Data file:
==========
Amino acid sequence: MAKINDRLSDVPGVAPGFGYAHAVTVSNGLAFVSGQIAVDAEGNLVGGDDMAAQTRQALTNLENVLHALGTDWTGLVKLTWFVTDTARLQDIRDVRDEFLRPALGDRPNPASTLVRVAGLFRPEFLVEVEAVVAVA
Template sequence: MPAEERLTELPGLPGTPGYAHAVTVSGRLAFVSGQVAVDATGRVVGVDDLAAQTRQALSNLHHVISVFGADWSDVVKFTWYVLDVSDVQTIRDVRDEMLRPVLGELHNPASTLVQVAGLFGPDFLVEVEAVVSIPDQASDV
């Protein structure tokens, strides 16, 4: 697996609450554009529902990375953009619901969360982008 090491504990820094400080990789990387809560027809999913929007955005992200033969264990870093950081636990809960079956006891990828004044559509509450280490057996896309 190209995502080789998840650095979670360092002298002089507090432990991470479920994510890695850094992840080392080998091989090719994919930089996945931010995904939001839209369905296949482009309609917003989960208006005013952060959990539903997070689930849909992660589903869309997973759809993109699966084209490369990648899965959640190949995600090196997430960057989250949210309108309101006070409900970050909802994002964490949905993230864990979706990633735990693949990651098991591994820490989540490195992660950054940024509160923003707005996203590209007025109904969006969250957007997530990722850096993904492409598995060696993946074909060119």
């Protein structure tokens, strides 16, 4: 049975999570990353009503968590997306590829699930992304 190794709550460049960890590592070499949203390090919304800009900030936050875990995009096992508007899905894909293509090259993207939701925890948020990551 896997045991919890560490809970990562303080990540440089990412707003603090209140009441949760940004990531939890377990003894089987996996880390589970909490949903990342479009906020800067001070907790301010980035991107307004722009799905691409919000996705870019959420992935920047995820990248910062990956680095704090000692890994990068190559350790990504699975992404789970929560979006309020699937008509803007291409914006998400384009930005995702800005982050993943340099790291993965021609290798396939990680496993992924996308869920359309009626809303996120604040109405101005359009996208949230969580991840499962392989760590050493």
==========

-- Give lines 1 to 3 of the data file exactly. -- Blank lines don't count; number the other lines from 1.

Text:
Amino acid sequence: MAKINDRLSDVPGVAPGFGYAHAVTVSNGLAFVSGQIAVDAEGNLVGGDDMAAQTRQALTNLENVLHALGTDWTGLVKLTWFVTDTARLQDIRDVRDEFLRPALGDRPNPASTLVRVAGLFRPEFLVEVEAVVAVA
Template sequence: MPAEERLTELPGLPGTPGYAHAVTVSGRLAFVSGQVAVDATGRVVGVDDLAAQTRQALSNLHHVISVFGADWSDVVKFTWYVLDVSDVQTIRDVRDEMLRPVLGELHNPASTLVQVAGLFGPDFLVEVEAVVSIPDQASDV
């Protein structure tokens, strides 16, 4: 697996609450554009529902990375953009619901969360982008 090491504990820094400080990789990387809560027809999913929007955005992200033969264990870093950081636990809960079956006891990828004044559509509450280490057996896309 190209995502080789998840650095979670360092002298002089507090432990991470479920994510890695850094992840080392080998091989090719994919930089996945931010995904939001839209369905296949482009309609917003989960208006005013952060959990539903997070689930849909992660589903869309997973759809993109699966084209490369990648899965959640190949995600090196997430960057989250949210309108309101006070409900970050909802994002964490949905993230864990979706990633735990693949990651098991591994820490989540490195992660950054940024509160923003707005996203590209007025109904969006969250957007997530990722850096993904492409598995060696993946074909060119």